Hackles raised on Hornchurch estate after London and Quadrant ask residents to remove dogs

Dog-lovers on a Hornchurch estate are having a “ruff” time after their housing association asked them to get rid of their beloved pets.

London and Quadrant (L&Q), which owns property at Haynes Park Court, sent letters to tenants and homeowners giving them a week’s ultimatum to “make alternative arrangements” to house their dogs.

The letters made reference to a rarely invoked rule against pet ownership on the estate.

Pensioner Colin Reames, 75, said he refused to budge. “There’s no way on this Earth I’ll give up my dog,” he said.

Mr Reames said the dogs on the estate made life easier for their owners, some of whom are elderly.

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“I’ve got a new knee and the only way I get exercise is to take my dog for a walk,” he explained. “It strengthens my leg – it’s therapy. It keeps me walking around.

“Another lady across the way from me has a little shiatsu. She’s totally deaf but as soon as the door rings, the dog runs to the door and she knows someone’s there. The dog is a therapy – you can’t take it away.”

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Denise Chafki, who works in a Hornchurch play centre, has had her staff cross Max since her father died last year.

“He was my dad’s, and my dad died,” she told the Recorder. “There’s no way I could have sent him anywhere else. I miss my dad and Max is the last bit I’ve got of him.”

Ms Chafki, 48, said she would rather move than give up her dog – even though she had lived in Haynes Park Court for 17 years.

“Even with strangers in the house, he doesn’t make any noise,” she added. “There are no dogs around here that bark – they’re all good.”

But an L&Q spokeman said the company had received “numerous complaints” from Haynes Park Court residents about fouling and barking – resulting in an amnesty introduced in 1997 that would see all dogs banned.

The spokesman added: “We have never been asked to lift the amnesty and so we have now written to residents again reminding them about it and asking them to make arrangements for dogs to be re-housed elsewhere.”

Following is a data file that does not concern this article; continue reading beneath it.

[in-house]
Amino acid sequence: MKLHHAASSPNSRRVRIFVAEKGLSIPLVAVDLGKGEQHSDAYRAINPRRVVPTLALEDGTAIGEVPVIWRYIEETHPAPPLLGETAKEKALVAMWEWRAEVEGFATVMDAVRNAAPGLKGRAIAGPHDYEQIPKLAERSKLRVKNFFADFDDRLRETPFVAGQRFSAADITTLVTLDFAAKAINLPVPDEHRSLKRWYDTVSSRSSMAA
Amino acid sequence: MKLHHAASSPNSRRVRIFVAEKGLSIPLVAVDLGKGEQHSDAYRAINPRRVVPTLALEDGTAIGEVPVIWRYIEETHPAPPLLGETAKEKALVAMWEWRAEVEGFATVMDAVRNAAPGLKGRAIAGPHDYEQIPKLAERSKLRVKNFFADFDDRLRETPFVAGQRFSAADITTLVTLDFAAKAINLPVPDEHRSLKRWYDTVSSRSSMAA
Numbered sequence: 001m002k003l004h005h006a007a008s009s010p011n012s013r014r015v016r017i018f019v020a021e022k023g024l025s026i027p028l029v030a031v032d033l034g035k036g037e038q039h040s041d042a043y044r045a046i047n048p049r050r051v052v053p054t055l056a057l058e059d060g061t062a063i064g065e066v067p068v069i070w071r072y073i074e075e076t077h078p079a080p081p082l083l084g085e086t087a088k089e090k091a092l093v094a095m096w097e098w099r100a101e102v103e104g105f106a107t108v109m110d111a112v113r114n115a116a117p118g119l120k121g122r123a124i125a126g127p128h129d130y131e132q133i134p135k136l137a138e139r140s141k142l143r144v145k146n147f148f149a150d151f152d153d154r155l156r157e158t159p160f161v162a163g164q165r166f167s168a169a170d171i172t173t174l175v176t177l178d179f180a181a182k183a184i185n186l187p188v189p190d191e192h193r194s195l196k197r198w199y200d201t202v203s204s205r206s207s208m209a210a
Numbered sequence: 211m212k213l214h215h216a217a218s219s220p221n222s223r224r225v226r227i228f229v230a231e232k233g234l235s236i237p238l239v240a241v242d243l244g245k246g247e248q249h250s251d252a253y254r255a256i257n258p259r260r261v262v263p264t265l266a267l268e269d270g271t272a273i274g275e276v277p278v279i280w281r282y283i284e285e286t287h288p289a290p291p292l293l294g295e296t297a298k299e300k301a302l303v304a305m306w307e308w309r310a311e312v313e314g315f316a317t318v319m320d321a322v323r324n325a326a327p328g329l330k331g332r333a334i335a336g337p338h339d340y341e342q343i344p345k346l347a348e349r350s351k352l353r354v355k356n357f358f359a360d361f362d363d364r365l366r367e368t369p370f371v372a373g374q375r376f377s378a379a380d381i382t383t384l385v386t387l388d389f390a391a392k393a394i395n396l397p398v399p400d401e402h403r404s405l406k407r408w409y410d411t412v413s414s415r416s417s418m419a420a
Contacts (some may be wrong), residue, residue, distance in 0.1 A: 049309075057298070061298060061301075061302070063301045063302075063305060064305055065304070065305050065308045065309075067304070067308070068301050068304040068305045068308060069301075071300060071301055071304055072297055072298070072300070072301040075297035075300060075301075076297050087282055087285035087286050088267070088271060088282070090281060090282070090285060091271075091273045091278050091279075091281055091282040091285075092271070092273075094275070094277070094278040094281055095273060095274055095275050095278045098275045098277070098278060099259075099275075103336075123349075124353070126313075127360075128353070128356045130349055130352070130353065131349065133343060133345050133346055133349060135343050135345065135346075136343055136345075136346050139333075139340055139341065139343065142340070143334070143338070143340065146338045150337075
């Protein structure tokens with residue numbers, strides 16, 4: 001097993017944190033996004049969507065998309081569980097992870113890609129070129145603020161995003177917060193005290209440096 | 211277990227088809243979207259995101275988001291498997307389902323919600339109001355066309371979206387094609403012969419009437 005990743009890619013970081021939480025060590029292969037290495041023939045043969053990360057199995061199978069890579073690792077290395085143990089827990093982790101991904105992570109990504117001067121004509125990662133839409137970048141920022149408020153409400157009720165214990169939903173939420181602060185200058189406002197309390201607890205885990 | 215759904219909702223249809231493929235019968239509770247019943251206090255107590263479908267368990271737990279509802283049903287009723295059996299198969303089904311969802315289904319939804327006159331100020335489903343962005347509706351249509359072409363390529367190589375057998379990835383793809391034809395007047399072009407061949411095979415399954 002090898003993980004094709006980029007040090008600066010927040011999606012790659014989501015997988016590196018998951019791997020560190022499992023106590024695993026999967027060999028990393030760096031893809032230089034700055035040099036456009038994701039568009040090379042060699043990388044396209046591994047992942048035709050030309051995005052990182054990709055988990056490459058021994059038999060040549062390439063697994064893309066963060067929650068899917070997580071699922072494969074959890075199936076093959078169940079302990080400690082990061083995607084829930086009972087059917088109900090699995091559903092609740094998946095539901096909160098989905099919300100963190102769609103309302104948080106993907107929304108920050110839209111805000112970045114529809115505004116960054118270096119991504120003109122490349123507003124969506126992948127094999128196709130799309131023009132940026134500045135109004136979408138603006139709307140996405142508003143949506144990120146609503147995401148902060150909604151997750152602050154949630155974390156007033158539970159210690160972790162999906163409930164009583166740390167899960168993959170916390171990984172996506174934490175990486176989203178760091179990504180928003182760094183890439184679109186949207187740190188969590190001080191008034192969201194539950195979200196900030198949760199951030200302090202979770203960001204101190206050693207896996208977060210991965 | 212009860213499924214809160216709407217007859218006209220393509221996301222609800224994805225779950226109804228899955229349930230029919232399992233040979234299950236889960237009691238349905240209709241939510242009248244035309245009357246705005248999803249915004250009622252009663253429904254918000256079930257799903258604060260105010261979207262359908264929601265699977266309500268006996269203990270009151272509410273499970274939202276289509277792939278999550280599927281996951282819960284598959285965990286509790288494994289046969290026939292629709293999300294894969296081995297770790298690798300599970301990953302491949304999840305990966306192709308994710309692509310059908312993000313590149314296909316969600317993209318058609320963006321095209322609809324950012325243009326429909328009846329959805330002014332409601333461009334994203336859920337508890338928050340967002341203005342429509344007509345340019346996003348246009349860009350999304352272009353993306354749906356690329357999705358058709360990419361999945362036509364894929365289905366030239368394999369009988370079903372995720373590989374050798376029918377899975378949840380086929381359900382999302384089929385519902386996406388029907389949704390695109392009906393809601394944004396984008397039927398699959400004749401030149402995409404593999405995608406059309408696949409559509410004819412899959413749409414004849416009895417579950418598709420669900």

L&Q said the RSPCA had advised them in 1997 that Haynes Park Court was not a suitable environment for dogs.

But RSPCA spokesman Klare Kennett said the week’s notice given by L&Q was not enough. “Animal centres are quite simply full,” she said. “Dog owners are going to be told they haven’t got room and they aren’t going to get their animals into the centres.

“We would ask L&Q to think again – it’s irresponsible to ask people to do this. They won’t be able to do it safely and it’s not in the best interest of the dogs. What are they supposed to do?”

Romford MP Andrew Rosindell said he was putting his support behind the Haynes Park Court residents.

“I’m very much against what L&Q are suggesting,” he said. “There‘s absolutely no reason for this as far as I can see. If a dog is behaving there’s no reason for it to be removed from its owners.

“If the dog is causing problems or is a danger to people, that’s a different matter – but if they are family pets loved by their owners and doing no harm, there’s no way they should be forced out of their flats.

“I’m fully supportive of the residents. As a dog owner myself, there’s nothing worse than losing a pet.”

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